Kenyan police warn of militant attacks in Mombasa over slain cleric
MOMBASA, Kenya (Reuters) - Al Qaeda-linked militants may be planning attacks in the Kenyan port city of Mombasa to mark the anniversary of the assassination of a Muslim cleric, police said on Thursday.
Mombasa, which is Kenya's second-largest city and lies on the Indian Ocean coast, is a magnet for tourists and a trade gateway to the east and central African region.
Muslim cleric Aboud Rogo, accused by the Kenyan government and the United States of helping Islamist al Shabaab militants in Somalia, was killed on August 27 last year when unidentified gunmen sprayed bullets into his car. His killing sparked days of deadly riots in the city, where about 70 percent of residents are Muslim.
Police, who have not yet arrested the cleric's killers, said that al Shabaab may be planning to mark the anniversary of his death with violence.
"We have received intelligence information and are aware of threats by the al Shabaab terrorist network to launch attacks in sections of Mombasa city, to commemorate the killing of Sheikh Aboud Rogo last year," Robert Kitur, Mombasa county police chief, told Reuters.
"We are specifically alert about next week because that is when it will be exactly one year since his killing."
Kitur said security had been beefed up in the city, and that police had banned demonstrations to mark Rogo's death by his supporters.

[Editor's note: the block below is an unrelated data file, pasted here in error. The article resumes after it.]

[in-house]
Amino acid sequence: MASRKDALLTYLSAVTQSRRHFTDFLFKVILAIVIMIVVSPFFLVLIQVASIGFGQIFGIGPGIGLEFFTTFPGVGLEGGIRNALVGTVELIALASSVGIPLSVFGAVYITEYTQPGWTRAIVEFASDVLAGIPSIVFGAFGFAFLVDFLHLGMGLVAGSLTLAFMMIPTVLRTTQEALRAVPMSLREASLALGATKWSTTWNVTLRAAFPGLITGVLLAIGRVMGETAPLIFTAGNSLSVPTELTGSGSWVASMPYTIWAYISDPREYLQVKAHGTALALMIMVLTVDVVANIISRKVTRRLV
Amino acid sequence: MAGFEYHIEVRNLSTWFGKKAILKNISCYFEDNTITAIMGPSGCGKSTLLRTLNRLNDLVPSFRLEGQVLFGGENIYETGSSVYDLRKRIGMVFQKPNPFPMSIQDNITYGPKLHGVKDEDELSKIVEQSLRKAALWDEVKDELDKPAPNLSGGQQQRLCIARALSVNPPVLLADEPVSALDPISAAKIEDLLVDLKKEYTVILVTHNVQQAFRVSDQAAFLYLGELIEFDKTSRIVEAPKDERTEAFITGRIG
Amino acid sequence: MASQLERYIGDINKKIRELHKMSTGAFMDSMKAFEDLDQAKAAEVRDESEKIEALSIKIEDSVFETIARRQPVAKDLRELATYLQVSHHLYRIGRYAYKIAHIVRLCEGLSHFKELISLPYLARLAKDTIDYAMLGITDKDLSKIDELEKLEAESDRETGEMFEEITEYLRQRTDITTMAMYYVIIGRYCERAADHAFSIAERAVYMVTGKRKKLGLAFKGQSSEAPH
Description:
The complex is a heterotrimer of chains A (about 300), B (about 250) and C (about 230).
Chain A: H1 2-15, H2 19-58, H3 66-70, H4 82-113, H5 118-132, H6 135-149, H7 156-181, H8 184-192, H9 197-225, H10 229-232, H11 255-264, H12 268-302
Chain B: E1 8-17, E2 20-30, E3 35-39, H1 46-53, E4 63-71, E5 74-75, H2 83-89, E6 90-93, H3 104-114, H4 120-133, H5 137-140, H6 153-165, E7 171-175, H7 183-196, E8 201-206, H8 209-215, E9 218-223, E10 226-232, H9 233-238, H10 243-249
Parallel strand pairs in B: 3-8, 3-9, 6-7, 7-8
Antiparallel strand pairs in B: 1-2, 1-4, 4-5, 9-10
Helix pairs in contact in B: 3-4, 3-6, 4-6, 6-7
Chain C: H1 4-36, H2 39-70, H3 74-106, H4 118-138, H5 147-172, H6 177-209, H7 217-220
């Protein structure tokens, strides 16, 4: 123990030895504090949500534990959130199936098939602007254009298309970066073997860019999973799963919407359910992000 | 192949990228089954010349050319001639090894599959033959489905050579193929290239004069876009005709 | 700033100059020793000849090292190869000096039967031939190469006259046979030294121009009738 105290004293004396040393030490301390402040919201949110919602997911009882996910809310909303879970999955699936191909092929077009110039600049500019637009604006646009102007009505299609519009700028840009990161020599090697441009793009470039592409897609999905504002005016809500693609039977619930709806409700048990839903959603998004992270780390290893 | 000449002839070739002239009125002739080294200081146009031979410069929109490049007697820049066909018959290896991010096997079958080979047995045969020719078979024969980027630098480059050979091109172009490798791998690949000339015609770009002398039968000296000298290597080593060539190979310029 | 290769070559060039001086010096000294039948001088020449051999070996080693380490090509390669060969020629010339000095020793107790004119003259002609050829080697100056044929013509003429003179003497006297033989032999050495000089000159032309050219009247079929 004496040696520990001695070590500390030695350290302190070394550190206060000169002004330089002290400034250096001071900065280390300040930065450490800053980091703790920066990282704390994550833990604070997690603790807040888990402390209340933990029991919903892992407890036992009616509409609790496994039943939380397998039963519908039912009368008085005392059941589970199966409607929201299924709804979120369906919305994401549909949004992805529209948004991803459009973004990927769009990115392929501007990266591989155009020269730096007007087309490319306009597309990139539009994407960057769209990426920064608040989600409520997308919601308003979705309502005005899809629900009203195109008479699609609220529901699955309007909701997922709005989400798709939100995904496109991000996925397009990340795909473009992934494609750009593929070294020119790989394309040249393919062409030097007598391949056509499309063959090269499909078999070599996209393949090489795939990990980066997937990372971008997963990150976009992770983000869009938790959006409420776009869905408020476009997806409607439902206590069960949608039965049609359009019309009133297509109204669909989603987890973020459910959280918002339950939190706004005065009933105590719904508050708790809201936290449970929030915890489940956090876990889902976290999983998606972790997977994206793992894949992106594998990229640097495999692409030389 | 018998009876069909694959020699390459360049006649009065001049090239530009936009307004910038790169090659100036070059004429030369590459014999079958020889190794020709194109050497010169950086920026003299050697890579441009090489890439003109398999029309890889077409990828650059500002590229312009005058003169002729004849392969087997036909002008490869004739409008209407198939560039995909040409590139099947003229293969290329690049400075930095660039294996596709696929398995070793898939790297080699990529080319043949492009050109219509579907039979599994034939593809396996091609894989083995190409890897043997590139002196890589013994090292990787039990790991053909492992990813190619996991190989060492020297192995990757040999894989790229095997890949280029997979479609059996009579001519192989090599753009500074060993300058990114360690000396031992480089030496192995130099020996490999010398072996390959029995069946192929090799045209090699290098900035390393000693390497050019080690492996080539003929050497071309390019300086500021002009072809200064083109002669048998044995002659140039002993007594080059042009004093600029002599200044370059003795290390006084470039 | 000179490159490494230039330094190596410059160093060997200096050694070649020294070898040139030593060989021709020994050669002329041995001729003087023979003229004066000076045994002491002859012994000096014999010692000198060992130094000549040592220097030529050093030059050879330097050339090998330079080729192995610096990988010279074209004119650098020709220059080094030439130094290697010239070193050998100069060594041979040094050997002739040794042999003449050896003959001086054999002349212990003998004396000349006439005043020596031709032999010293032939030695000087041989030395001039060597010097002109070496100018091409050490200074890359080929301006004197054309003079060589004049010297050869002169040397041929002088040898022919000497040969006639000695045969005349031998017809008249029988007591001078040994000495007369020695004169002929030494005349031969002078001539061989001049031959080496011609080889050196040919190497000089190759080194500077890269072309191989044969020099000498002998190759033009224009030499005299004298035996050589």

Mombasa hosts the region's sole oil refinery, and its airport was temporarily used by international flights diverted from the region's main airport in Nairobi after the arrivals terminal was gutted in a fierce inferno in early August.
Kenyan troops entered Somalia two years ago to try to root out al Shabaab, which had been blamed for attacks in Kenya, triggering apparent revenge grenade and gun attacks in Mombasa, the capital Nairobi and frontier towns last year.
The riots that followed Rogo's death exposed deep social, political and sectarian divides in Mombasa and the coastal region. The government said the violence was organized by Kenya's "enemies" and blamed Muslim radicals for supporting al Shabaab.
Many Muslims blamed the authorities for the cleric's killing, and said it was part of a campaign against their community and faith.
(Reporting by Joseph Akwiri; Writing by James Macharia; Editing by Pravin Char)
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